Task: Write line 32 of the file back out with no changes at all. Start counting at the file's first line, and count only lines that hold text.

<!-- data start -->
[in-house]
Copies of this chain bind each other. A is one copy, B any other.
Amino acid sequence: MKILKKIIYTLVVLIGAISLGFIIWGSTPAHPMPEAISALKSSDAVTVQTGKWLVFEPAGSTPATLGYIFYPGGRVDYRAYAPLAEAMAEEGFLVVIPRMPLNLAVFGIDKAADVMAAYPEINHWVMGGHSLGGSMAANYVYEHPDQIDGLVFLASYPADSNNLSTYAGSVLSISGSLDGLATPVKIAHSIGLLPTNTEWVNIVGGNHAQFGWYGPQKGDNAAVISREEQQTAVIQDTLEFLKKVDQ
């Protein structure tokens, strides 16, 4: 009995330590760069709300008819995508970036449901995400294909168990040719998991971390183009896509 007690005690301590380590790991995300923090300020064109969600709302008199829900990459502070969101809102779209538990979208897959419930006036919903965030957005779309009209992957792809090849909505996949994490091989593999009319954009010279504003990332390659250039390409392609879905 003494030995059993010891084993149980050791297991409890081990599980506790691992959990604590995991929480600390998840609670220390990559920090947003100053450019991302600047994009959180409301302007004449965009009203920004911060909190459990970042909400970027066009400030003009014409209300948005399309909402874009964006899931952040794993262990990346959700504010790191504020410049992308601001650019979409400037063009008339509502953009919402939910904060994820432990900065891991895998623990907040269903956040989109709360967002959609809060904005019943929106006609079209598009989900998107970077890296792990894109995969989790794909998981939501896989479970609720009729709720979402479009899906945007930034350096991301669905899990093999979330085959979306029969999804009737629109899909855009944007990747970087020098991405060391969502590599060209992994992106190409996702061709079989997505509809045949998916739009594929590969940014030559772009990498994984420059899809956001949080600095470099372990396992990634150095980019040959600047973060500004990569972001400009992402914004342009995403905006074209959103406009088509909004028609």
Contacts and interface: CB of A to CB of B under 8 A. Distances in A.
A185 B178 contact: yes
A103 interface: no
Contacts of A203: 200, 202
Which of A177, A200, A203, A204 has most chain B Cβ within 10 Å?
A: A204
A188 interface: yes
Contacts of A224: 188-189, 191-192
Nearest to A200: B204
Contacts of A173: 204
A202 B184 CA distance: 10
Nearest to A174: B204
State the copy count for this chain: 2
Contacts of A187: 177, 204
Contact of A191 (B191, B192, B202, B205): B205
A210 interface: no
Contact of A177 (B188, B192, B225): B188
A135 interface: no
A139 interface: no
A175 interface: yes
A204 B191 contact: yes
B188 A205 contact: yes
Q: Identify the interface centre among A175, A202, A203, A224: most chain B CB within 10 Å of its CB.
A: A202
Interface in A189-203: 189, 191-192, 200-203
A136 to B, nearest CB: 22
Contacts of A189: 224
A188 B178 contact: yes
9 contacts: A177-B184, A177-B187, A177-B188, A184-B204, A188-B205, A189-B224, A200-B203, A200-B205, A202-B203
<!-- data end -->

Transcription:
A188 B178 contact: yes